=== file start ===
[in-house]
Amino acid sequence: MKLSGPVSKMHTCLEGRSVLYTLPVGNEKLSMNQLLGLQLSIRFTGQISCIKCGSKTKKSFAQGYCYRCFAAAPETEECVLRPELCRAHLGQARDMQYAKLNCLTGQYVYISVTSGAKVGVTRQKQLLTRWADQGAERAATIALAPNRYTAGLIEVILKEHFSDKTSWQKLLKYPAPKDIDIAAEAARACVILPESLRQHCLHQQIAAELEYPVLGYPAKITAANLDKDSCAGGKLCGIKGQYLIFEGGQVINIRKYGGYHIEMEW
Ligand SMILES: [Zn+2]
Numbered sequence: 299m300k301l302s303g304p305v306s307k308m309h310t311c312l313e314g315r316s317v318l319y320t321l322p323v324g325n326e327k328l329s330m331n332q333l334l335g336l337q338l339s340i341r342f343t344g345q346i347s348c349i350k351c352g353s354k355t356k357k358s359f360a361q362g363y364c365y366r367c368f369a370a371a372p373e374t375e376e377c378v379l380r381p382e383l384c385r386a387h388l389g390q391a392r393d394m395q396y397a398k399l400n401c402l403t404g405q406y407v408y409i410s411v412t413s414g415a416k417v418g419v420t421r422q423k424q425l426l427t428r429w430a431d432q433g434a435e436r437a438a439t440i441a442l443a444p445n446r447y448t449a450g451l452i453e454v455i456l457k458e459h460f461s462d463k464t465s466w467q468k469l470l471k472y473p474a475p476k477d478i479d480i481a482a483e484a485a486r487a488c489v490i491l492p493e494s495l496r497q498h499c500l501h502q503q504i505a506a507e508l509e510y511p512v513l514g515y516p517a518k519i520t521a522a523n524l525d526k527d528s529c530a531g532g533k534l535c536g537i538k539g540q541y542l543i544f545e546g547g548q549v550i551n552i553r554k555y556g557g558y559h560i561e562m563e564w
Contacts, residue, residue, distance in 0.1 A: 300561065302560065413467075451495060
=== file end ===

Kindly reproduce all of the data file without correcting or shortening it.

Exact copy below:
[in-house]
Amino acid sequence: MKLSGPVSKMHTCLEGRSVLYTLPVGNEKLSMNQLLGLQLSIRFTGQISCIKCGSKTKKSFAQGYCYRCFAAAPETEECVLRPELCRAHLGQARDMQYAKLNCLTGQYVYISVTSGAKVGVTRQKQLLTRWADQGAERAATIALAPNRYTAGLIEVILKEHFSDKTSWQKLLKYPAPKDIDIAAEAARACVILPESLRQHCLHQQIAAELEYPVLGYPAKITAANLDKDSCAGGKLCGIKGQYLIFEGGQVINIRKYGGYHIEMEW
Ligand SMILES: [Zn+2]
Numbered sequence: 299m300k301l302s303g304p305v306s307k308m309h310t311c312l313e314g315r316s317v318l319y320t321l322p323v324g325n326e327k328l329s330m331n332q333l334l335g336l337q338l339s340i341r342f343t344g345q346i347s348c349i350k351c352g353s354k355t356k357k358s359f360a361q362g363y364c365y366r367c368f369a370a371a372p373e374t375e376e377c378v379l380r381p382e383l384c385r386a387h388l389g390q391a392r393d394m395q396y397a398k399l400n401c402l403t404g405q406y407v408y409i410s411v412t413s414g415a416k417v418g419v420t421r422q423k424q425l426l427t428r429w430a431d432q433g434a435e436r437a438a439t440i441a442l443a444p445n446r447y448t449a450g451l452i453e454v455i456l457k458e459h460f461s462d463k464t465s466w467q468k469l470l471k472y473p474a475p476k477d478i479d480i481a482a483e484a485a486r487a488c489v490i491l492p493e494s495l496r497q498h499c500l501h502q503q504i505a506a507e508l509e510y511p512v513l514g515y516p517a518k519i520t521a522a523n524l525d526k527d528s529c530a531g532g533k534l535c536g537i538k539g540q541y542l543i544f545e546g547g548q549v550i551n552i553r554k555y556g557g558y559h560i561e562m563e564w
Contacts, residue, residue, distance in 0.1 A: 300561065302560065413467075451495060